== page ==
• If you have ever worked with a glue gun, you know that you will get “threads” of glue here and there that you will need to remove and discard.  If you’d like to add any other embellishments, now is the time to tap into your creativity.  In the end, I opted to wrap fine wire fairy lights around the back of my Star Anise wreath frame.  I’ll be tucking mine amongst greenery, so I can easily hide the battery/switch compartment in my décor.
  • If you like the ornaments displayed on either side of my wreath, I may be mentioning them in a future post.  They are another project I created with watercolor pencils; but, that’s for another day…
  • I also want to mention the tray I chose as the backdrop for this project.  I have the great fortune to live with an accomplished woodworker.  He produces one-of-a-kind, hand-carved items from cherry, maple, walnut and oak.  If you are interested in this piece or would like to view others, please mention it in the comments.  I’ll be happy to forward you photographs and pricing.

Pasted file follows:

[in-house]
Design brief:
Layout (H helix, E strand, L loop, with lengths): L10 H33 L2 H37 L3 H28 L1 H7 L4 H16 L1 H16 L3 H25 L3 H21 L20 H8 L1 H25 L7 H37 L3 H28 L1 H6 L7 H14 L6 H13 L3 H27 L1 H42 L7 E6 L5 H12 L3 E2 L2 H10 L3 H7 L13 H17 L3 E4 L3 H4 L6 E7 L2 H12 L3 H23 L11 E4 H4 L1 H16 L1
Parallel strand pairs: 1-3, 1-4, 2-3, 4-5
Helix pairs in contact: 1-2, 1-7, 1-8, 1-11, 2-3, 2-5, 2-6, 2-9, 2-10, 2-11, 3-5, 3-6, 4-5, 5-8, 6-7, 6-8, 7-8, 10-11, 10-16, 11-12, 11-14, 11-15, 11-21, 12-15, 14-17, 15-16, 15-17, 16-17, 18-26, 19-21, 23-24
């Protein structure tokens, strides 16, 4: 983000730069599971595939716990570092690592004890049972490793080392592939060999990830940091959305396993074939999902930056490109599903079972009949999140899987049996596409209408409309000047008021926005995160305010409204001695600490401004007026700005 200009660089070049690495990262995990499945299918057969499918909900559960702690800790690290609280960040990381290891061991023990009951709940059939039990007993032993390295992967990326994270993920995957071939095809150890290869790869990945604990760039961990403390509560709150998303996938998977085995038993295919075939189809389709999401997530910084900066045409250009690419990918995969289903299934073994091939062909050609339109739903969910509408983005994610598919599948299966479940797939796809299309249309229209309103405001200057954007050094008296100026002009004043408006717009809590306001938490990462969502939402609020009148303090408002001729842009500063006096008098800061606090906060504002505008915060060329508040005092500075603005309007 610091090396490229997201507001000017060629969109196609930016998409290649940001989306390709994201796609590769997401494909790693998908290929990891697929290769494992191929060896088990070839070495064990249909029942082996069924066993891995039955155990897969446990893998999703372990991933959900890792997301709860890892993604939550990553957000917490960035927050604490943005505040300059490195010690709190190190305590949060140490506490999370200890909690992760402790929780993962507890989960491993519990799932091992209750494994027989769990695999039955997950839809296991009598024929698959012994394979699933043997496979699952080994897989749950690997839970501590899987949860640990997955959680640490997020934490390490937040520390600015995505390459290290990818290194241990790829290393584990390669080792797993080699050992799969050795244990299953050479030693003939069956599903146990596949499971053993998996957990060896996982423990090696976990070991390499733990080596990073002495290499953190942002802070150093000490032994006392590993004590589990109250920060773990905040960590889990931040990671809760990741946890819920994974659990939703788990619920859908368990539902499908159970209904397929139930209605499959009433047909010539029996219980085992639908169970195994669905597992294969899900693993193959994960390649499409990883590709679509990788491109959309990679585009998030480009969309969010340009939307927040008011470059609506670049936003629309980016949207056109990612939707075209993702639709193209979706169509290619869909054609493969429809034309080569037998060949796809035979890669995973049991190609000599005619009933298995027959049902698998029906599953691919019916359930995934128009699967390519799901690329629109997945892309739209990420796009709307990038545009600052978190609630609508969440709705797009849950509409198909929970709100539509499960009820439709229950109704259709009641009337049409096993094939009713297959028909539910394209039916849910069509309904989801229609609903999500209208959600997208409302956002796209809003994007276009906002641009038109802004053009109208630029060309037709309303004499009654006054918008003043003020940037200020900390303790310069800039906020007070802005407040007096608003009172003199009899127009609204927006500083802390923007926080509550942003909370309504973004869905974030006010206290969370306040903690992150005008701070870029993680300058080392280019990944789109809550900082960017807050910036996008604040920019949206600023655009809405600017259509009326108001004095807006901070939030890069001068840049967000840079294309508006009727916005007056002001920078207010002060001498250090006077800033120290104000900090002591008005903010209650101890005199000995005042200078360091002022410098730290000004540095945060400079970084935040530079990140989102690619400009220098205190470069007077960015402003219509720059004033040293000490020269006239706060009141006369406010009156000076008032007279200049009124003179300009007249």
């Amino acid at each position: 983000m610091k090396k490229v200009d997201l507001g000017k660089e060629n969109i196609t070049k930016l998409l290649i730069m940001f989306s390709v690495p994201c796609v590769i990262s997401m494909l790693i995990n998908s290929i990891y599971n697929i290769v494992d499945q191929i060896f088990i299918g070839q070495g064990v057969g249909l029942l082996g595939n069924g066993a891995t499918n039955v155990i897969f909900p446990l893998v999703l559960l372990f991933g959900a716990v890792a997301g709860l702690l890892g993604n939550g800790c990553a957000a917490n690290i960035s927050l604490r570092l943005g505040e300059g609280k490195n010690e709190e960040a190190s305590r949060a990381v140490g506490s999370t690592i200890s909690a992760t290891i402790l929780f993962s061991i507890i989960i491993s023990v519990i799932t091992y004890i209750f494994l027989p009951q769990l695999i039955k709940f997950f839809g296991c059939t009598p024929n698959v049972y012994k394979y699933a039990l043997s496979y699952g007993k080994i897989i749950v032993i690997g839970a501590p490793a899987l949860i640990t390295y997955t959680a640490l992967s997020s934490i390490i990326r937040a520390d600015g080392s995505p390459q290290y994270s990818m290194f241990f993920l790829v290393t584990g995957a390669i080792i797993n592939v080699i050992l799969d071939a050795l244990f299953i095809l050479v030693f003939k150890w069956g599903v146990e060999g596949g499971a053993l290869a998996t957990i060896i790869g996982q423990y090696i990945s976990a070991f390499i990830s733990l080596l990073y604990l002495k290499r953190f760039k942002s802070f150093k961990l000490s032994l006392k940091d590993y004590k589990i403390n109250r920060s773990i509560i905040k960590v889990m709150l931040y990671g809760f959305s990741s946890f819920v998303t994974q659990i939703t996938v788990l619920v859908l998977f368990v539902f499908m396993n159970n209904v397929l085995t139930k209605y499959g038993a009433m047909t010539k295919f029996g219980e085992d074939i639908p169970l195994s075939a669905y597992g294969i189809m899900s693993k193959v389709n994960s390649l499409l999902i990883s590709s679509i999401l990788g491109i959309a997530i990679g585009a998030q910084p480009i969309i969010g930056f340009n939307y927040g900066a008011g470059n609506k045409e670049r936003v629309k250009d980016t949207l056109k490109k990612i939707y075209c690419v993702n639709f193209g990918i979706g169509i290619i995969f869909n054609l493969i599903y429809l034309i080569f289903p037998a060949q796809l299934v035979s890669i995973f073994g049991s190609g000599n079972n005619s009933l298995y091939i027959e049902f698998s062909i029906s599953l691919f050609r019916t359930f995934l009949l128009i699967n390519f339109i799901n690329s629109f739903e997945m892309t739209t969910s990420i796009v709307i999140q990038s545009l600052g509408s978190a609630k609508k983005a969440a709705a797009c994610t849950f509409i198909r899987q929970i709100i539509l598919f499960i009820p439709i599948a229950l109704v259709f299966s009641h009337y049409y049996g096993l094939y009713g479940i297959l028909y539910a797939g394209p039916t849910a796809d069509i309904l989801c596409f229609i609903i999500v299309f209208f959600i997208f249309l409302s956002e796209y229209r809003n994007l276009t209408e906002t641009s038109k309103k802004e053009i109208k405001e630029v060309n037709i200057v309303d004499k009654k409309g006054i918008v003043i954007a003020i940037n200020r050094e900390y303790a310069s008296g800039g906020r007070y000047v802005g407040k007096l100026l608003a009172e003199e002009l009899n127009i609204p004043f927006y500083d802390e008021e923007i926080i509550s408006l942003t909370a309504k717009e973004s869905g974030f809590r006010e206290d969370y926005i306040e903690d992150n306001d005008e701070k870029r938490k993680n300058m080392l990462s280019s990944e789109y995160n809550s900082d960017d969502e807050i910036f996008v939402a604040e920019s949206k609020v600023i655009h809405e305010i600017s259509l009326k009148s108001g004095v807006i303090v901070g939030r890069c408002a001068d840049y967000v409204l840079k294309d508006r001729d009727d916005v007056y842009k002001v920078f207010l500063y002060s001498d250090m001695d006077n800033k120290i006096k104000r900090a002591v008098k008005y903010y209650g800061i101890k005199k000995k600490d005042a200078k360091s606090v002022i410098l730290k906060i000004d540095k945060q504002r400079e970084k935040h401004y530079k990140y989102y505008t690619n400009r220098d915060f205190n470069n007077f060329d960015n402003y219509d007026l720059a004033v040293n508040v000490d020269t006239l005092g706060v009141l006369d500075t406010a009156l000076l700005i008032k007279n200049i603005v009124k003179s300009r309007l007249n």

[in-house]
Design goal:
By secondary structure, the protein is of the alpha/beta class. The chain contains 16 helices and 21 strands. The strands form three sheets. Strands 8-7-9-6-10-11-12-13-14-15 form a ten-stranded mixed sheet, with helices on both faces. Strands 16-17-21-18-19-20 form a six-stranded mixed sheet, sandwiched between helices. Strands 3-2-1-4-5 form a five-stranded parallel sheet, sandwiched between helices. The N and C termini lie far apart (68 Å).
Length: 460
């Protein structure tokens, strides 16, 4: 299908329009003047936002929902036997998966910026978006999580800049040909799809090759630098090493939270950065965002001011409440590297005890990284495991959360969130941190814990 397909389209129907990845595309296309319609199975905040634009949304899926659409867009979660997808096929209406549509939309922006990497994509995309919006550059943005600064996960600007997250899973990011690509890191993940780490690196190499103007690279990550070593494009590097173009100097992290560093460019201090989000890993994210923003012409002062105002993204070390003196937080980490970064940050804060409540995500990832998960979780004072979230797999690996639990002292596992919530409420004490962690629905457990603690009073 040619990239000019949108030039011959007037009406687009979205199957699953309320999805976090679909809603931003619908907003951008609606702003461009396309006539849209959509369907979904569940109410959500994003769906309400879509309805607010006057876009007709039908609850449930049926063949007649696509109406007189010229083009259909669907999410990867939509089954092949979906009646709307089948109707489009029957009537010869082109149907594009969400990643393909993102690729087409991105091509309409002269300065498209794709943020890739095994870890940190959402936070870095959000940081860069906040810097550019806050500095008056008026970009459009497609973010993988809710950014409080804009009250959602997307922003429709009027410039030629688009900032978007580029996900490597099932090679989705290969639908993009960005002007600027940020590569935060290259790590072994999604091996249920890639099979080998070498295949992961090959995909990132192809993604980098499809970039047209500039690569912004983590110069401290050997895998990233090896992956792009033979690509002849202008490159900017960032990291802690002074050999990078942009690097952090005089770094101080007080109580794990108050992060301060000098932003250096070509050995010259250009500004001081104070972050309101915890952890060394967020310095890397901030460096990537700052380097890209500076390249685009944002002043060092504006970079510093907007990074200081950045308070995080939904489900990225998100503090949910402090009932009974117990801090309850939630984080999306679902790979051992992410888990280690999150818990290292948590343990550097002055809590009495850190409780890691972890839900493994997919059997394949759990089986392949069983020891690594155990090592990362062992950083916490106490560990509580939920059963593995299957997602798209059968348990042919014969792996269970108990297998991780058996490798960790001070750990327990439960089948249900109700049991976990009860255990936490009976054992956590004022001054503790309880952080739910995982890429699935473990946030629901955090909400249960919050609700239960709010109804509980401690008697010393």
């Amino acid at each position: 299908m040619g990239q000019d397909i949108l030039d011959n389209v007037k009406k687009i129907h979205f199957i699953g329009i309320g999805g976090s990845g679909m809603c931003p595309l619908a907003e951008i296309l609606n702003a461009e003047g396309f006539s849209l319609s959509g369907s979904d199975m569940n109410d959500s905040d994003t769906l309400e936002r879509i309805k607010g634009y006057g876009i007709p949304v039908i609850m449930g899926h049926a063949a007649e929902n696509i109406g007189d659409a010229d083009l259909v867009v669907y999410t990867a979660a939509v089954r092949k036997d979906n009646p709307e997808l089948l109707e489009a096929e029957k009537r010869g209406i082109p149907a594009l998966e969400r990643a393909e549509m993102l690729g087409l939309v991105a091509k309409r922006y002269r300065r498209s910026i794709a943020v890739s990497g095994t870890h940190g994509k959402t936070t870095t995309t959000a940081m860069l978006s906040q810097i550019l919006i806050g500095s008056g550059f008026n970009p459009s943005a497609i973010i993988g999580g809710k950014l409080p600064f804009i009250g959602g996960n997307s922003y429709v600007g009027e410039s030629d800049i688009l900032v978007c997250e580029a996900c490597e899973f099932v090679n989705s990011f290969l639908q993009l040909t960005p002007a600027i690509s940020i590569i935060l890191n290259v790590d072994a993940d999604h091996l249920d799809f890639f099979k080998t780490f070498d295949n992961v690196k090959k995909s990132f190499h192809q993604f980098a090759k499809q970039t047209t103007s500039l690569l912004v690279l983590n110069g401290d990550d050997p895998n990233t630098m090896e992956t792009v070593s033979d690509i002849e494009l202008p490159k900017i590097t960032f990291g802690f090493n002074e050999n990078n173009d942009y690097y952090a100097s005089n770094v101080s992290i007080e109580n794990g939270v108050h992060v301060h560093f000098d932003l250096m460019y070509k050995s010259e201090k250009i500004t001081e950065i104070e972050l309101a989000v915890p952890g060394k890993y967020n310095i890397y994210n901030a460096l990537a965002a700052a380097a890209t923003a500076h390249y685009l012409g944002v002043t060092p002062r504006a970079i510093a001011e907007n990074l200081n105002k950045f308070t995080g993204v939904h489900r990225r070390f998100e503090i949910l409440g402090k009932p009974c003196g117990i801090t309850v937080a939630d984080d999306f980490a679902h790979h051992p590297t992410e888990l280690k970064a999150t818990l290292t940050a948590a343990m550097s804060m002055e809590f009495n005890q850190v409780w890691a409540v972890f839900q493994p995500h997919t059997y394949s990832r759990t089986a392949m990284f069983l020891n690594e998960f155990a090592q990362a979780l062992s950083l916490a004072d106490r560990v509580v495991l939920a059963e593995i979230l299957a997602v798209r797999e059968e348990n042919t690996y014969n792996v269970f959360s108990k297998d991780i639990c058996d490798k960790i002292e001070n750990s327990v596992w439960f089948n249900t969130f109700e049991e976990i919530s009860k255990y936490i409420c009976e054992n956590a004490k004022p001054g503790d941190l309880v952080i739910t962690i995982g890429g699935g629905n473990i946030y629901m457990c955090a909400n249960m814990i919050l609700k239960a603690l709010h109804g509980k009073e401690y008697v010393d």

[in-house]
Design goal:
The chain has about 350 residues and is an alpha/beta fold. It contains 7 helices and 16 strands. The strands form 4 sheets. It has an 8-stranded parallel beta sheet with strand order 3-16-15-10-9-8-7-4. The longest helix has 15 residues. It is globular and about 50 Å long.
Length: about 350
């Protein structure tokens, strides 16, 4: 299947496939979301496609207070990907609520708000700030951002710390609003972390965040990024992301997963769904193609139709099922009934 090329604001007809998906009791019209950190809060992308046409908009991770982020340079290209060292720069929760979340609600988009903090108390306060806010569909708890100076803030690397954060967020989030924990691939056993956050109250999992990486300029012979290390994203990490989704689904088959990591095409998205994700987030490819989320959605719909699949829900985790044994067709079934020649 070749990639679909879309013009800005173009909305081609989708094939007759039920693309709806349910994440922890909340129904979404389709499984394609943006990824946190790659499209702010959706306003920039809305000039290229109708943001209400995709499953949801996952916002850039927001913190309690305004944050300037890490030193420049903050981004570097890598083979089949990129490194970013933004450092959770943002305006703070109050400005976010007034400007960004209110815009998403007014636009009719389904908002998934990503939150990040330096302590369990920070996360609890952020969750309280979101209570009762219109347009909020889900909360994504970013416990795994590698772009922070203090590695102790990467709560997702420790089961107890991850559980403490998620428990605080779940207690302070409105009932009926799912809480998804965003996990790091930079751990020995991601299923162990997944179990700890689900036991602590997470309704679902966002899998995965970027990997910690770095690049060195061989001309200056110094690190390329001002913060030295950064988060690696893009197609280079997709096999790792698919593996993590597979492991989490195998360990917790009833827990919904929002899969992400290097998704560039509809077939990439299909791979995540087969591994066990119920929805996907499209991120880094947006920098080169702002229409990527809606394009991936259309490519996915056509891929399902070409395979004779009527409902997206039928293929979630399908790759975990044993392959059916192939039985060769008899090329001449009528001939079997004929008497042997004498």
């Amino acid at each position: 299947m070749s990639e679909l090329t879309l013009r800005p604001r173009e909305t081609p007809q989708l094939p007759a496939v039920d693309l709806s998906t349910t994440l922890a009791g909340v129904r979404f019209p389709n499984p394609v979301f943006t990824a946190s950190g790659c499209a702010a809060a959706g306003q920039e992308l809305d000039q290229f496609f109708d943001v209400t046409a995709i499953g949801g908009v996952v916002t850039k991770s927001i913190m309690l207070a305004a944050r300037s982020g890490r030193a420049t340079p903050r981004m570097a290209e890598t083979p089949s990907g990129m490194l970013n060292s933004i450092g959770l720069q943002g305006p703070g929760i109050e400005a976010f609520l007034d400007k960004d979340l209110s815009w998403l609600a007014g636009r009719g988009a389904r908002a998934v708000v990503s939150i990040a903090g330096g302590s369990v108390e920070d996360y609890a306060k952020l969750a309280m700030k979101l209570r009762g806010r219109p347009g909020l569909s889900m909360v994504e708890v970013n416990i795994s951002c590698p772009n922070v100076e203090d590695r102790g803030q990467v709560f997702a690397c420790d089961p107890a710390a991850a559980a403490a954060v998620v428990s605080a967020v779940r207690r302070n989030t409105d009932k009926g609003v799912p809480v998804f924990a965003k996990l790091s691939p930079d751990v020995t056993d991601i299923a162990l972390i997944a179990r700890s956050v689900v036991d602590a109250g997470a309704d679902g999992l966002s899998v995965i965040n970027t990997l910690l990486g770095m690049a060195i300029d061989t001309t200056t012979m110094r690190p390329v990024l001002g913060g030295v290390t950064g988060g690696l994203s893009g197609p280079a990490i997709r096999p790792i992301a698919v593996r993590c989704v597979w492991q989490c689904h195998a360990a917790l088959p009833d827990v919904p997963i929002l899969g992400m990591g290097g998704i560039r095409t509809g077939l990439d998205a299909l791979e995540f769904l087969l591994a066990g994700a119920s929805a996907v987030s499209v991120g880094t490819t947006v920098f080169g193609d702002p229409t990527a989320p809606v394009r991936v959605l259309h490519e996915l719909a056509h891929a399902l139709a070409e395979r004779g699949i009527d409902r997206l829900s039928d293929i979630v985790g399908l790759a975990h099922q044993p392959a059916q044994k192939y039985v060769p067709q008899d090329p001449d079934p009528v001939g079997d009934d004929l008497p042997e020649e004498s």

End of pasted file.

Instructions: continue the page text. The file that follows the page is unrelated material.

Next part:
Anise Star Wreath with Watercolor Nature Ornaments
Lit Anise Star Wreath and Watercolor Reindeer Ornament

Displaying Your Simple Star Anise Wreath

I took a few moments to place my wreath in various spaces to give you a ideas/inspiration for placing yours.  It looked equally lovely in sparse simplicity as well as nestled in greenery and sparkle.

I hope this simple and effortless holiday décor project brings you joy!  Let me know how yours turns out in the comments!

Brass Reindeer with Star Anise Wreath
Anise Star Wreath with Greenery and Vintage Map
Star Anise Wreath with Wooden Fir Trees and Vintage Clock
Anise Star Wreath With Christmas Table Decor
Anise Star Wreath Hung in Window Pane
Holiday Mug with Star Anise Garnish

Leave a Reply

Your email address will not be published. Required fields are marked *